Scientists solve battery mystery – allowing for ultra-fast charging breakthrough
Scientists say they have finally figured out how to overcome a major barrier to ultra-fast battery charging.
The mysterious short circuiting and failure of next-generation lithium metal batteries was solved by a team from Stanford University and SLAC National Accelerator Laboratory in the US, who said their findings could have major implications for the electric car industry.
Rechargeable lithium metal batteries are lightweight, inflammable, hold a lot of energy and can be charged very quickly, however until now they have been unsuitable for commercial use due to mechanical stress experienced while charging.
“Just modest indentation, bending or twisting of the batteries can cause nanoscopic fissures in the materials to open and lithium to intrude into the solid electrolyte causing it to short circuit,” said Associate Professor William Chueh at the Stanford Doerr School of Sustainability.
“Even dust or other impurities introduced in manufacturing can generate enough stress to cause failure.”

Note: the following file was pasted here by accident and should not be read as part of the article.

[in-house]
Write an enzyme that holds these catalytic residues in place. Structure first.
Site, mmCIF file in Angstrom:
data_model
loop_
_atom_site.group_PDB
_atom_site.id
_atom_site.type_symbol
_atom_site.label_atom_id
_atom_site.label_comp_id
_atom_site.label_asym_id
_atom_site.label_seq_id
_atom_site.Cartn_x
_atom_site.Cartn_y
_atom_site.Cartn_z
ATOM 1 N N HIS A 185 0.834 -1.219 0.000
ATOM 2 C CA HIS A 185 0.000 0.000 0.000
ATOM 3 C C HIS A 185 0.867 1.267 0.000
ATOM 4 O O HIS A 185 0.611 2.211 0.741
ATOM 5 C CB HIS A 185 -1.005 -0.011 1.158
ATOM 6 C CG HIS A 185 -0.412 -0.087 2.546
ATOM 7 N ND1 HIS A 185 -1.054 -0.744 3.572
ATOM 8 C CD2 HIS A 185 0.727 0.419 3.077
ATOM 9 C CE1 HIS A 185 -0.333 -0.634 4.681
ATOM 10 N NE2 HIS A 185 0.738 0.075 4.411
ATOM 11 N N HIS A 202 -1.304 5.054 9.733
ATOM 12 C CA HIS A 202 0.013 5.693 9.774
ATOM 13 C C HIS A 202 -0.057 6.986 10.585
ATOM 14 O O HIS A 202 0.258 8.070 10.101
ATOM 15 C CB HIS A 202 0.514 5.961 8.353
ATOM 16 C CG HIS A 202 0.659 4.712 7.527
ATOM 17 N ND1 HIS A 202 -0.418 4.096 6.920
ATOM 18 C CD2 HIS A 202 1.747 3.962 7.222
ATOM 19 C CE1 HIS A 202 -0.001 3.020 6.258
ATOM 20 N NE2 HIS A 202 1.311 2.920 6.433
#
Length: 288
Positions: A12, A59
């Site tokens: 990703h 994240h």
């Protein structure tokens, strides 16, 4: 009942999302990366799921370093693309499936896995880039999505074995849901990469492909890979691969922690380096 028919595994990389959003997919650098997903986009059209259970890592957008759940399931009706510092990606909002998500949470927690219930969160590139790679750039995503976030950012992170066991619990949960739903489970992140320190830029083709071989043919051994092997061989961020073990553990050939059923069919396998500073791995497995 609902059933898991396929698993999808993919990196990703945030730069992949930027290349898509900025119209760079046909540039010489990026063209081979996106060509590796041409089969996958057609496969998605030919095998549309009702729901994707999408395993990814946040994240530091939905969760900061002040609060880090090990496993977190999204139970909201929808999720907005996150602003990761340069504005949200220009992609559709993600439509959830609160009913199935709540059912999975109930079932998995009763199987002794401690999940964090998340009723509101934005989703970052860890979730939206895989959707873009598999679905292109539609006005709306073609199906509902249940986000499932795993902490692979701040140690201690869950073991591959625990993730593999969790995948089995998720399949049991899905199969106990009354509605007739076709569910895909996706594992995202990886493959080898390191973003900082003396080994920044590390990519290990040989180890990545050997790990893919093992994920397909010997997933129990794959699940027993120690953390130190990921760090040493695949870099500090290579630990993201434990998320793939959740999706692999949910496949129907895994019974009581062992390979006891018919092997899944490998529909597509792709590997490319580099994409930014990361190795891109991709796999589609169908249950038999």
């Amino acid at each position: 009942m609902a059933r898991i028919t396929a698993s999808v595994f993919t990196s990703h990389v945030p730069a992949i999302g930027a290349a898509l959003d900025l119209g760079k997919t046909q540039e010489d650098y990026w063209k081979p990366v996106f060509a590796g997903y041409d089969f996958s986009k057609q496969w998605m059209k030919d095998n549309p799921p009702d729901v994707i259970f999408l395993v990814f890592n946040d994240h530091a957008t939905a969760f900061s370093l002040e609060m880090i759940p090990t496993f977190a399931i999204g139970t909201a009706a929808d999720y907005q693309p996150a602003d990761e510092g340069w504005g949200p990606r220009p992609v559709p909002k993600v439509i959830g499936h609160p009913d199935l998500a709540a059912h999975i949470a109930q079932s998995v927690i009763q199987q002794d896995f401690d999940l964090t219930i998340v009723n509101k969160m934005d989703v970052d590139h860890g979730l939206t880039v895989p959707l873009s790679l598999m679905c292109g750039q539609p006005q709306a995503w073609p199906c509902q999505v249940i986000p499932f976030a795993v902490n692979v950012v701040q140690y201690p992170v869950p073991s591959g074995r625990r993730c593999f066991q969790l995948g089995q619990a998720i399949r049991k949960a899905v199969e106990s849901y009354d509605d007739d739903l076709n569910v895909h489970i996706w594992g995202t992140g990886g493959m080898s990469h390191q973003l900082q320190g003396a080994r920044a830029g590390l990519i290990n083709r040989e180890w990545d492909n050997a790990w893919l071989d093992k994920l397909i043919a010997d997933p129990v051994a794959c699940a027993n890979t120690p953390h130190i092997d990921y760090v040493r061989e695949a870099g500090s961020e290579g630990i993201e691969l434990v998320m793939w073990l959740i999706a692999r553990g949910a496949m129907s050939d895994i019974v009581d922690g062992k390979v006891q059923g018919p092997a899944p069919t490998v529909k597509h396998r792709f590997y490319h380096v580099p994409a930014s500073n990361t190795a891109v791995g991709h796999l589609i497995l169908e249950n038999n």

The phenomenon has puzzled researchers for years, with some hypothesising that it was due to the unintended flow of electrons, while others claimed it was a chemical issue.
The Stanford scientists undertook a series of 60 experiments to prove that the problems were in fact caused by nanoscopic cracks, dents and fissures within ceramic electrolytes.
“Given the opportunity to burrow into the electrolyte, the lithium will eventually snake its way through, connecting the cathode and anode,” said Geoff McConohy, who used to work in Associate Professor Cheuh’s lab but now works in industry. “When that happens, the battery fails.”
The research was detailed in a study, titled ‘Mechanical regulation of lithium intrusion probability in garnet solid electrolytes, published in the scientific journal Nature Energy on Monday.